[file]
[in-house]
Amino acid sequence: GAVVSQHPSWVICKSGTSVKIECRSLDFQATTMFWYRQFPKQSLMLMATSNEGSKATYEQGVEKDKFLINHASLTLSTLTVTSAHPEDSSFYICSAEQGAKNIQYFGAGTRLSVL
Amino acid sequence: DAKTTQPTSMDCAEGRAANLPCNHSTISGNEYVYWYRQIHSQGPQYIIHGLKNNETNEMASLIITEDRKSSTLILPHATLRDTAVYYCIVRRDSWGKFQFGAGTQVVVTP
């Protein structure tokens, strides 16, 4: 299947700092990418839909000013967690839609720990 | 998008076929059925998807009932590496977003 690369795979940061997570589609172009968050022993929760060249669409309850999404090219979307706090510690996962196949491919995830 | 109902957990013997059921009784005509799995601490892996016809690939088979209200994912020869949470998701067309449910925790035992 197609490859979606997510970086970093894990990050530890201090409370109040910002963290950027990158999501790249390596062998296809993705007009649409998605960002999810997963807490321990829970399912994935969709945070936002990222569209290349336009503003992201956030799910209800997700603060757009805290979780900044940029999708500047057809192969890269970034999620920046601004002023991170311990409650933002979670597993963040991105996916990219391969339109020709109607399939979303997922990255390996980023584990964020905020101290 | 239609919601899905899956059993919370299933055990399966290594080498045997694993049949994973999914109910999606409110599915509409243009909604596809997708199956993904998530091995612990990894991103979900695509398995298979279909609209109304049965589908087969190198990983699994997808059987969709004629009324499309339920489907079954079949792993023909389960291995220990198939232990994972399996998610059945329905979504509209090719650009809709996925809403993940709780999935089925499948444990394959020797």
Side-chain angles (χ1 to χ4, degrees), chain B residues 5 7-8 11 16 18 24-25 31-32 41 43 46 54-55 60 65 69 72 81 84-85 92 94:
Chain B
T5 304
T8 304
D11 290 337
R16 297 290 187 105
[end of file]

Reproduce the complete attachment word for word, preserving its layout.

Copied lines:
[in-house]
Amino acid sequence: GAVVSQHPSWVICKSGTSVKIECRSLDFQATTMFWYRQFPKQSLMLMATSNEGSKATYEQGVEKDKFLINHASLTLSTLTVTSAHPEDSSFYICSAEQGAKNIQYFGAGTRLSVL
Amino acid sequence: DAKTTQPTSMDCAEGRAANLPCNHSTISGNEYVYWYRQIHSQGPQYIIHGLKNNETNEMASLIITEDRKSSTLILPHATLRDTAVYYCIVRRDSWGKFQFGAGTQVVVTP
């Protein structure tokens, strides 16, 4: 299947700092990418839909000013967690839609720990 | 998008076929059925998807009932590496977003 690369795979940061997570589609172009968050022993929760060249669409309850999404090219979307706090510690996962196949491919995830 | 109902957990013997059921009784005509799995601490892996016809690939088979209200994912020869949470998701067309449910925790035992 197609490859979606997510970086970093894990990050530890201090409370109040910002963290950027990158999501790249390596062998296809993705007009649409998605960002999810997963807490321990829970399912994935969709945070936002990222569209290349336009503003992201956030799910209800997700603060757009805290979780900044940029999708500047057809192969890269970034999620920046601004002023991170311990409650933002979670597993963040991105996916990219391969339109020709109607399939979303997922990255390996980023584990964020905020101290 | 239609919601899905899956059993919370299933055990399966290594080498045997694993049949994973999914109910999606409110599915509409243009909604596809997708199956993904998530091995612990990894991103979900695509398995298979279909609209109304049965589908087969190198990983699994997808059987969709004629009324499309339920489907079954079949792993023909389960291995220990198939232990994972399996998610059945329905979504509209090719650009809709996925809403993940709780999935089925499948444990394959020797």
Side-chain angles (χ1 to χ4, degrees), chain B residues 5 7-8 11 16 18 24-25 31-32 41 43 46 54-55 60 65 69 72 81 84-85 92 94:
Chain B
T5 304
T8 304
D11 290 337
R16 297 290 187 105